ARP spoofing is done using a set of commands that tells the targeted user the attacker’s machine is the default gateway, and the router that is the true default gateway is also poisoned to believe that the attacker’s machine should receive messages dedicated to the targeted user. With ARP spoofing, all messages on the network sent to a targeted user are proxied through the attacker’s device.
Intercepting SSL/TLS Messages
With the attacker as the new proxy for messages, intercepting them is now possible. It’s done by intercepting the initial ClientHello message sent during a request for a connection from the remote server. In this request, the message contains the cryptographic ciphers supported by the local client. The attacker intercepts this message and drops it when the cipher supported is secure. When the message is dropped, the client will send another one with a lower (or older) cryptographic cipher. If the server supports and older cipher, the attacker allows the connection and now the client is connected to the remote server with a cryptographically insecure connection, allowing the attacker to read messages.
The client will send a message with the symmetric key, but since the attacker can read messages, the key will be available also to the attacker. Any messages sent with this key will be decrypted by the attacker’s device. Any sensitive data, credentials, and other private information can then be stolen by the attacker.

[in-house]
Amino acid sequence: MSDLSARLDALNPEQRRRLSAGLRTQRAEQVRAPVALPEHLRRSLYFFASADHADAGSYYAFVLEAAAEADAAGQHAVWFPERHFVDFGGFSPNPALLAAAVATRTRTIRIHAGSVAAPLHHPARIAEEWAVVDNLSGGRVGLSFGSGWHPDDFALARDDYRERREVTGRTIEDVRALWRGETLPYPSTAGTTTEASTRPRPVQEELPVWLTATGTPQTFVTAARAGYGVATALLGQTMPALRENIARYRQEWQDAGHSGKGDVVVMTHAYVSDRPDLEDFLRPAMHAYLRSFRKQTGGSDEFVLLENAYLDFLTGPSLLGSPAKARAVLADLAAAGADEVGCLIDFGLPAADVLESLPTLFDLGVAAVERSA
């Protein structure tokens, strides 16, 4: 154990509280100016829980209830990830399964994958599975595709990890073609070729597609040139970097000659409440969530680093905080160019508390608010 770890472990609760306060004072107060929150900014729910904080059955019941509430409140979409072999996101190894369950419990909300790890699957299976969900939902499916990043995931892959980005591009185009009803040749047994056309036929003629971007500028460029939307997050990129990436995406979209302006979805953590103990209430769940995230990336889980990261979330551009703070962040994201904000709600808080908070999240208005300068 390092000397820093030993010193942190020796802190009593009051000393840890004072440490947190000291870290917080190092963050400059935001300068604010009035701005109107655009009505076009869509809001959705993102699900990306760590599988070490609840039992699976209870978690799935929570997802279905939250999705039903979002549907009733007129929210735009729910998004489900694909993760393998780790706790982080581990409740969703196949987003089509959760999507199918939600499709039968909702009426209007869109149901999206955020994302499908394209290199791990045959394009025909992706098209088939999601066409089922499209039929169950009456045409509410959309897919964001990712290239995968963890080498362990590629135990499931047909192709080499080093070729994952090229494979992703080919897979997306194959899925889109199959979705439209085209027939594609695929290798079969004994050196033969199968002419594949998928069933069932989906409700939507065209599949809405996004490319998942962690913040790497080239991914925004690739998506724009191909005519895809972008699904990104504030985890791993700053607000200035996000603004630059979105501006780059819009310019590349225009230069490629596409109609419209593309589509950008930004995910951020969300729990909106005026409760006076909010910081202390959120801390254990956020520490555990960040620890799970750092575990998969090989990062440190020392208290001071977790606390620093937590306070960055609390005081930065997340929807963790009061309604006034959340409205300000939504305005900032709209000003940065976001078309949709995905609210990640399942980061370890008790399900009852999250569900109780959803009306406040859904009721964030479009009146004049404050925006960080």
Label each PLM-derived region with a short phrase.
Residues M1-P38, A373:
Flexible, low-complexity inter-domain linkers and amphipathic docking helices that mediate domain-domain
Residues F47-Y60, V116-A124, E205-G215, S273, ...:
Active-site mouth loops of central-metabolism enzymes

In addition, the attacker can also trick the client into installing their own self-signed certificate by intercepting the public key request. When an attacker sends a self-signed certificate, traffic between the client and the remote server can be eavesdropped. The attacker can perform this attack by tricking the user into accessing an attacker-controlled website and ask them to install the certificate to browse content. It only takes a few vulnerable targets for the attacker to have a successful MitM attack and eavesdrop on sensitive data.
This type of MitM attack is completely invisible to the user. The only way a user would know that the connection is using an older, insecure cipher is to notice that the browser returns a message indicating that the connection is using an older version of TLS or SSL. Certificate pinning, however, can eliminate the attacker’s ability to intercept and downgrade the cryptographic connection to the server.
With certificate pinning, the developer “pins” the trusted certificate to the application. Instead of using a CA to retrieve the public key, the public key and certificate are pinned to the application. This “cached” version of the certificate will filter out any outside certificates and eliminates the step where the user’s browser retrieves a public key from a CA.
It’s important to note that certificate pinning stops some MitM attacks but not all. With the emergence of mobile devices and APIs, it’s important that developers use methods that protect user data especially when many of them rely on public Wi-Fi to save on mobile data costs. Certificate pinning is not an all-encompassing cybersecurity effort, but it’s one piece in a myriad of factors when working with sensitive data, mobile apps, and communication with remote servers.